This only makes it exceedingly clear as to why it’s important to hold these spaces, like VONA. Because someone will always come along to tell you to get over it, every sling and arrow, and move on. And in essence, that just means shut the fuck up. Your pain, your experience, what you grapple with isn’t worth anything, you are not worth accountability. You are not valuable enough to see yourself in the world, much less be seen by the world.

What if we could write a different plot point to this story? How satisfying would it be if something great came out of this, like the books, stories, plays, poems of tomorrow’s bookshelf? What if we could use this opportunity to say no. No, we refuse to continue swallowing our words. No, we will not be made to feel guilty about the desire to express our experience, to be seen, to exist in every facet of society and nurture that desire how we see fit.

If you felt anything twist inside of you when you read that conversation earlier, hold a door open when others would rather see it close:

Nia Nicole will be in Tanarive Due’s Speculative Fiction class, working on an original post-apocalyptic story about her hometown, Baltimore City.

Salima Harimani says, “Before VONA I’d only written in secret, trying to figure out what it meant to be a writer, and I fumbled along trying to create the kind of literature I’d wanted to read when I was young.”

Danielle Buckingham is a graduate student at the University of Mississippi who will be workshopping essay with Kiese Laymon.

Chido Muchemwa says, “I’ve been writing short stories and essays since I was six, but I never considered it as a career until I read Chinua Achebe’s Anthills of the Savannah at age seventeen. Despite the fact that I grew up in Zimbabwe, I had never read a book by a non-Zimbabwean African writer until that point. I thought that Africa had no tales to tell me. Instead, I read books about England, America, stories with people who led lives that looked nothing like my own.”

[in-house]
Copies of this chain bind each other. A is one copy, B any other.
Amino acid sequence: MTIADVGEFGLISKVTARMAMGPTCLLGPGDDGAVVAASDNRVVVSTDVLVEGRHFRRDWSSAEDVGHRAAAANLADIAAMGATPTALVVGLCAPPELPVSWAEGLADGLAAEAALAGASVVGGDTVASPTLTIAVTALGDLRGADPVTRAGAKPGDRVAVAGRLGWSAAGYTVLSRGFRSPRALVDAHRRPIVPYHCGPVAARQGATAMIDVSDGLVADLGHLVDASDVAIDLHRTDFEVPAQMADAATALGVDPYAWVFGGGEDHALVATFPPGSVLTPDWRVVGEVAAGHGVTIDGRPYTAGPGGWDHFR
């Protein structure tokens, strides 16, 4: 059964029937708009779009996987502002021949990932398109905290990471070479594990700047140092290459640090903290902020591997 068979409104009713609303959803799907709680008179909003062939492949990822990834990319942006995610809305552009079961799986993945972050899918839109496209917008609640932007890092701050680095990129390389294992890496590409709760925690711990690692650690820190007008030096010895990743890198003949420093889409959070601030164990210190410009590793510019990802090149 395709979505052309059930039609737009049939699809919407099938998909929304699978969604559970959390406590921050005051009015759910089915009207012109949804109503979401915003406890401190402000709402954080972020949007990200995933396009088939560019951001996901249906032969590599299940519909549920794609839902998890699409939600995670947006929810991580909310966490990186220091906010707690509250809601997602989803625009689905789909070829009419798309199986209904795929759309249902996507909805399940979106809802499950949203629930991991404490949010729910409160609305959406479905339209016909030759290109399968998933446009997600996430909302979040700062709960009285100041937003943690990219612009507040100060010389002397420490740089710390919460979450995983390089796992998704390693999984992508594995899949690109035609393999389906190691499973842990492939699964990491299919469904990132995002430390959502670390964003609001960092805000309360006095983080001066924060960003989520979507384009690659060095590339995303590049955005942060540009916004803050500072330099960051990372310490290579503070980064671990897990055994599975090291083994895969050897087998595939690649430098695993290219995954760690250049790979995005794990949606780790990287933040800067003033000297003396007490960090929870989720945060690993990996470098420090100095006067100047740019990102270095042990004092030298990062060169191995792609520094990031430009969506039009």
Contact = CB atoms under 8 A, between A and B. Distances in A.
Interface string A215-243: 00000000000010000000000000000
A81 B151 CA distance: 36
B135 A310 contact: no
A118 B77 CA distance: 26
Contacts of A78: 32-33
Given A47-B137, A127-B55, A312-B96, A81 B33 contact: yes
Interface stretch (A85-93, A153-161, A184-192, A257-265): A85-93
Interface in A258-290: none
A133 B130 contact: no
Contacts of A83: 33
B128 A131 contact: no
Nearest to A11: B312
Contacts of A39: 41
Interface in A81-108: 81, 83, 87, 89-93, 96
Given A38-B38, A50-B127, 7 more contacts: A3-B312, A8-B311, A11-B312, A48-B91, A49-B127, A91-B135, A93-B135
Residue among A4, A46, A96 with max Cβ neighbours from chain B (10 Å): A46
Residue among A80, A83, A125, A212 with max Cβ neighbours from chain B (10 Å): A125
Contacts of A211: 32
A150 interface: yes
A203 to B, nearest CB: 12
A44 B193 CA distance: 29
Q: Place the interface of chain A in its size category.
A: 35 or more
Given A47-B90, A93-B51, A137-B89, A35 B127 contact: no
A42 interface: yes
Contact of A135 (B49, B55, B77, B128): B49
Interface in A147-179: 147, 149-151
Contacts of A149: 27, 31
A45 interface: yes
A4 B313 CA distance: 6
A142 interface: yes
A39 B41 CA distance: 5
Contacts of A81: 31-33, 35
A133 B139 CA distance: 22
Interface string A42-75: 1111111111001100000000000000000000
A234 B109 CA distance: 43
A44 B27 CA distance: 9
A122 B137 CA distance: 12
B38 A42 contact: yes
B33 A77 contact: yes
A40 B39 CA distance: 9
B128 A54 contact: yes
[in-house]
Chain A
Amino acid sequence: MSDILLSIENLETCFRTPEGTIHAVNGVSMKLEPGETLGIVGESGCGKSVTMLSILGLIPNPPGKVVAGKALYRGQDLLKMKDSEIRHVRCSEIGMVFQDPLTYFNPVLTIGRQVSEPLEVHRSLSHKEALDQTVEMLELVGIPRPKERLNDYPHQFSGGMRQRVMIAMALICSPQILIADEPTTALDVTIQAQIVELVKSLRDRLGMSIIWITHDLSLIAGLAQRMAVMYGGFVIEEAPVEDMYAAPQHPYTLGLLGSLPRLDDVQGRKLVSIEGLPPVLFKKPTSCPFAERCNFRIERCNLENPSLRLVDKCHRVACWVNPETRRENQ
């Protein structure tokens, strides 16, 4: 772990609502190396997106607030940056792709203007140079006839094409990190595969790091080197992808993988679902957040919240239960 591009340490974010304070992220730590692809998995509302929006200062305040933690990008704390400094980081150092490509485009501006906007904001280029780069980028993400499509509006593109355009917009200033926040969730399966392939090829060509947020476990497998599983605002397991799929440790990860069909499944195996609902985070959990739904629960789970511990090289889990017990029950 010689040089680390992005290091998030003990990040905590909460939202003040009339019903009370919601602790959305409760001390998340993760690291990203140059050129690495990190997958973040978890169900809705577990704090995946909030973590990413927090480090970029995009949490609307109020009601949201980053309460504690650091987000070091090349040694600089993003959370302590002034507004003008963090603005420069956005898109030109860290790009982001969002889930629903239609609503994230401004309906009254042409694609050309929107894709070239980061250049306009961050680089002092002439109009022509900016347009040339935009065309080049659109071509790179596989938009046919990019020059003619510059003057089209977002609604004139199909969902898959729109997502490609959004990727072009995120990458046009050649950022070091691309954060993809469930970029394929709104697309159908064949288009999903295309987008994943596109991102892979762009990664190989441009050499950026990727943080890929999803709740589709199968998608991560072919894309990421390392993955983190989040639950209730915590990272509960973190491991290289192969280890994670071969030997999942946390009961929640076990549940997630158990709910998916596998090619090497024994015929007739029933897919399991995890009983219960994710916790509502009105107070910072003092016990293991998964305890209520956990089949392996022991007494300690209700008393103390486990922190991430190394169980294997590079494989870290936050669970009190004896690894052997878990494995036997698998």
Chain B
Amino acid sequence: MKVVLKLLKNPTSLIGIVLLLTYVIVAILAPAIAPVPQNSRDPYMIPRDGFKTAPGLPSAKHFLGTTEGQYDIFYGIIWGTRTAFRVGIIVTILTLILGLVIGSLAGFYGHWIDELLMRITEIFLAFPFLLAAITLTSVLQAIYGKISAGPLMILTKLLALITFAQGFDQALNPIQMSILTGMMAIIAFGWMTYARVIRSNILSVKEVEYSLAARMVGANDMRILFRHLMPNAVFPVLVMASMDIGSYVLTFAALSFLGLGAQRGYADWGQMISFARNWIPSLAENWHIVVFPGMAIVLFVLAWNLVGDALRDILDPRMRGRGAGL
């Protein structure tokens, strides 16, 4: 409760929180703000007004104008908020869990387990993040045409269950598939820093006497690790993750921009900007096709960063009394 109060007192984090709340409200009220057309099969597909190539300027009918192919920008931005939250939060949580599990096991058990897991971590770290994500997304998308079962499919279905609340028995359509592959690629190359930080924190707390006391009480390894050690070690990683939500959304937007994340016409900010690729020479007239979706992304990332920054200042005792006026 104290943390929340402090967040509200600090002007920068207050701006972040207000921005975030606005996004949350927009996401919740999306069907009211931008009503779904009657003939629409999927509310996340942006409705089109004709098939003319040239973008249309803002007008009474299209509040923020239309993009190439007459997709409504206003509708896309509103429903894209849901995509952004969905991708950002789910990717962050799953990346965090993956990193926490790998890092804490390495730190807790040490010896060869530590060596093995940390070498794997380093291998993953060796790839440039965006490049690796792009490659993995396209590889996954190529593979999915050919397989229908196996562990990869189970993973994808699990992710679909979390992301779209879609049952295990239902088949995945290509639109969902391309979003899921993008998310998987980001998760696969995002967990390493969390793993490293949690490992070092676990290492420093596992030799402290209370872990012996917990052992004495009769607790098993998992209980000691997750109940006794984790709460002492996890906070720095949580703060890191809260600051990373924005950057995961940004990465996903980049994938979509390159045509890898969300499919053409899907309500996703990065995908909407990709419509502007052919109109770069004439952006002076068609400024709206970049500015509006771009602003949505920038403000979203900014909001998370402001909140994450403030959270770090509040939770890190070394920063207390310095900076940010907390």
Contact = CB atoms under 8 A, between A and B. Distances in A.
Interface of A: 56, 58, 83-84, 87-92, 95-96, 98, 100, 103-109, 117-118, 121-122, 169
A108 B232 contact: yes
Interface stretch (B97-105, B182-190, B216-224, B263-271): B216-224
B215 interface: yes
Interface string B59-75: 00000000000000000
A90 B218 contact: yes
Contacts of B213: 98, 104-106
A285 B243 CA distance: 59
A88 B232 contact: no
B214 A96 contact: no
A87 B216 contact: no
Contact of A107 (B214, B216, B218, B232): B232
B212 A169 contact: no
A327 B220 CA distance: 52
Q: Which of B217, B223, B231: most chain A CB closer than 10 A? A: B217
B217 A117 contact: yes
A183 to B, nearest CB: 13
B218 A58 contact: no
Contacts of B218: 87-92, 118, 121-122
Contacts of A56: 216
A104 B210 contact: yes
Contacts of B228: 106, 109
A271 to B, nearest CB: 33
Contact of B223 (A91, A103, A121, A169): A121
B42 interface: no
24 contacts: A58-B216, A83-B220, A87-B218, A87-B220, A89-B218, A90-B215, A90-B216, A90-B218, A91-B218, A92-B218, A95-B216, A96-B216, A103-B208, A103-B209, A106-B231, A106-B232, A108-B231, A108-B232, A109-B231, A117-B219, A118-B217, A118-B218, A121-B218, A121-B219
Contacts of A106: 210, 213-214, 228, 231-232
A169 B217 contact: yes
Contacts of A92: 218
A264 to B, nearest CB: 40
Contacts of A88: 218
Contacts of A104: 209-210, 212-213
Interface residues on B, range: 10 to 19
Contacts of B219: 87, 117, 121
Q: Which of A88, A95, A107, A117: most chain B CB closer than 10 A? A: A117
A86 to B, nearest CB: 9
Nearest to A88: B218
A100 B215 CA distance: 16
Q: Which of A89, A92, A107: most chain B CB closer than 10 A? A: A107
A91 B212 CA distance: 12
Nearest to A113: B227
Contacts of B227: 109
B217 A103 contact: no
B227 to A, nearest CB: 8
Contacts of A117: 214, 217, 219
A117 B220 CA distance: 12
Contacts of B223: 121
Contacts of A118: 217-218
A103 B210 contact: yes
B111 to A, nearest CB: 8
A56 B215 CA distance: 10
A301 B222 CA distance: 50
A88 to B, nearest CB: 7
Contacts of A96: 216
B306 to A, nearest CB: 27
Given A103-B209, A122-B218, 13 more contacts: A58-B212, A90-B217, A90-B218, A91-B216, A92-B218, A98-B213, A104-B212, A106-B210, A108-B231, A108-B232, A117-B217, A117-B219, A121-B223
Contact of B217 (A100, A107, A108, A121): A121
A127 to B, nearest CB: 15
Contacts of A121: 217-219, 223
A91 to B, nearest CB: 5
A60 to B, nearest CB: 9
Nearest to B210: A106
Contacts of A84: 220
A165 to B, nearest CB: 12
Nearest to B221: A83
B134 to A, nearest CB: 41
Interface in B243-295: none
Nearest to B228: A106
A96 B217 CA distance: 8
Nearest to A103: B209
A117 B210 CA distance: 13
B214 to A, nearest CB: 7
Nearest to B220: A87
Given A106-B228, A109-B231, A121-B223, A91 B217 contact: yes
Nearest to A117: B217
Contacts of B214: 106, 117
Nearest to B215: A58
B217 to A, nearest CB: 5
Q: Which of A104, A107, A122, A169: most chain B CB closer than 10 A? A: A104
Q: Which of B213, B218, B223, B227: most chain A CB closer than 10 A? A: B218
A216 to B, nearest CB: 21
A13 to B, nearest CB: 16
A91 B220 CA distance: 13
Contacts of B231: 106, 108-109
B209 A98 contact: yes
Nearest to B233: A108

Aurielle Marie is “a Queer Black woman and a teacher, poet, and a community organizer in the larger movement for Black Lives.”

The Angelique Rodriguez is returning to VONA. “If you know me, you know that I am a writer and always have been. This year, I began the #52Essays2017 essay writing challenge and completely connected with it. I have been pretty consistent with the challenge and am super excited that I am producing so much work. With that being said, I took a big chance applying for the Voices of Our Nations Arts Foundation’s summer workshops at the University of Pennsylvania to work with the renowned Kiese Laymon. And I GOT IN!”

Kimarlee Nguyen says, “Growing up,  the knowledge of my family’s survival during the Khmer Rouge has always existed in the periphery of my knowledge; I knew that my parent weren’t immigrants, but refugees and that they survived a major war.  It wasn’t until I was older than I learned the depth of horror and cruelty that my family witness during the Khmer Rouge. I also knew that their stories were important, precious and needed to be told. This is one of the main reasons I began to write – to tell my stories and the stories of those who looked like me.”

Shirley Huey says, “I write in the intersections of food, culture, place, and histor(ies), personal and political: about growing up in San Francisco in the 80s–shopping with my grandmother in Chinatown, going to see movies at the Great Star, and the delicious flaky pie crusts at Sun Wah Kue bakery.”

Annie Vy Trinh with be studying under Evelina Galang and writing about Asian and Asian-American women.

Jabari Jawan is a poet and teaching artist from the south-side of Chicago trying to get to VONA and Prague.

Christina Marable is a second year MFA student at Old Dominion University.

Zhayra Palma is headed to Hedgebrook, Lambda, and VONA.